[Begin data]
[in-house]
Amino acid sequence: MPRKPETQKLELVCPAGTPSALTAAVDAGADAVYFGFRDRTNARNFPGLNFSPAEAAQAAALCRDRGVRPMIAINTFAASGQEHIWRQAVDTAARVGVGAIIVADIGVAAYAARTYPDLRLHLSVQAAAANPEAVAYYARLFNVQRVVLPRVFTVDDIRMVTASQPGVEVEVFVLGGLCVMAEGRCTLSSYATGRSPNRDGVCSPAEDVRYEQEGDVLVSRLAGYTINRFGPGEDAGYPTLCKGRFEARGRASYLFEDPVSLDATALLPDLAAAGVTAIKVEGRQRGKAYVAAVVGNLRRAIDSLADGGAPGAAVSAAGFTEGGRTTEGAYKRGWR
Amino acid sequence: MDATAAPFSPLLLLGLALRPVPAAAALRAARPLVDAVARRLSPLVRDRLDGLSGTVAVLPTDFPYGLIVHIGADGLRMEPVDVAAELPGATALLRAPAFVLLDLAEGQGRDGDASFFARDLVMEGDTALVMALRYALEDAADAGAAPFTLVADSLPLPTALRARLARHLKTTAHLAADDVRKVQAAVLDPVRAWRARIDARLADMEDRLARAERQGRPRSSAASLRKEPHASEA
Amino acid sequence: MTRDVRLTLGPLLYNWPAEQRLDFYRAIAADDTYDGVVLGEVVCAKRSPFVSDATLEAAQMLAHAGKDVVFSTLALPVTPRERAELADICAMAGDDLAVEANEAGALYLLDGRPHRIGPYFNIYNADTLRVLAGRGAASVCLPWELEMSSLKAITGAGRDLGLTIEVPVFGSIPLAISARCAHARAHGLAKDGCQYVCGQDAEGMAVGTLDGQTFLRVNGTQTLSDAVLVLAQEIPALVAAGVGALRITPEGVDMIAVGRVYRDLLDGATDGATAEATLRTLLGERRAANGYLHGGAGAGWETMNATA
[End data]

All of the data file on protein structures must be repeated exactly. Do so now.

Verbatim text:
[in-house]
Amino acid sequence: MPRKPETQKLELVCPAGTPSALTAAVDAGADAVYFGFRDRTNARNFPGLNFSPAEAAQAAALCRDRGVRPMIAINTFAASGQEHIWRQAVDTAARVGVGAIIVADIGVAAYAARTYPDLRLHLSVQAAAANPEAVAYYARLFNVQRVVLPRVFTVDDIRMVTASQPGVEVEVFVLGGLCVMAEGRCTLSSYATGRSPNRDGVCSPAEDVRYEQEGDVLVSRLAGYTINRFGPGEDAGYPTLCKGRFEARGRASYLFEDPVSLDATALLPDLAAAGVTAIKVEGRQRGKAYVAAVVGNLRRAIDSLADGGAPGAAVSAAGFTEGGRTTEGAYKRGWR
Amino acid sequence: MDATAAPFSPLLLLGLALRPVPAAAALRAARPLVDAVARRLSPLVRDRLDGLSGTVAVLPTDFPYGLIVHIGADGLRMEPVDVAAELPGATALLRAPAFVLLDLAEGQGRDGDASFFARDLVMEGDTALVMALRYALEDAADAGAAPFTLVADSLPLPTALRARLARHLKTTAHLAADDVRKVQAAVLDPVRAWRARIDARLADMEDRLARAERQGRPRSSAASLRKEPHASEA
Amino acid sequence: MTRDVRLTLGPLLYNWPAEQRLDFYRAIAADDTYDGVVLGEVVCAKRSPFVSDATLEAAQMLAHAGKDVVFSTLALPVTPRERAELADICAMAGDDLAVEANEAGALYLLDGRPHRIGPYFNIYNADTLRVLAGRGAASVCLPWELEMSSLKAITGAGRDLGLTIEVPVFGSIPLAISARCAHARAHGLAKDGCQYVCGQDAEGMAVGTLDGQTFLRVNGTQTLSDAVLVLAQEIPALVAAGVGALRITPEGVDMIAVGRVYRDLLDGATDGATAEATLRTLLGERRAANGYLHGGAGAGWETMNATA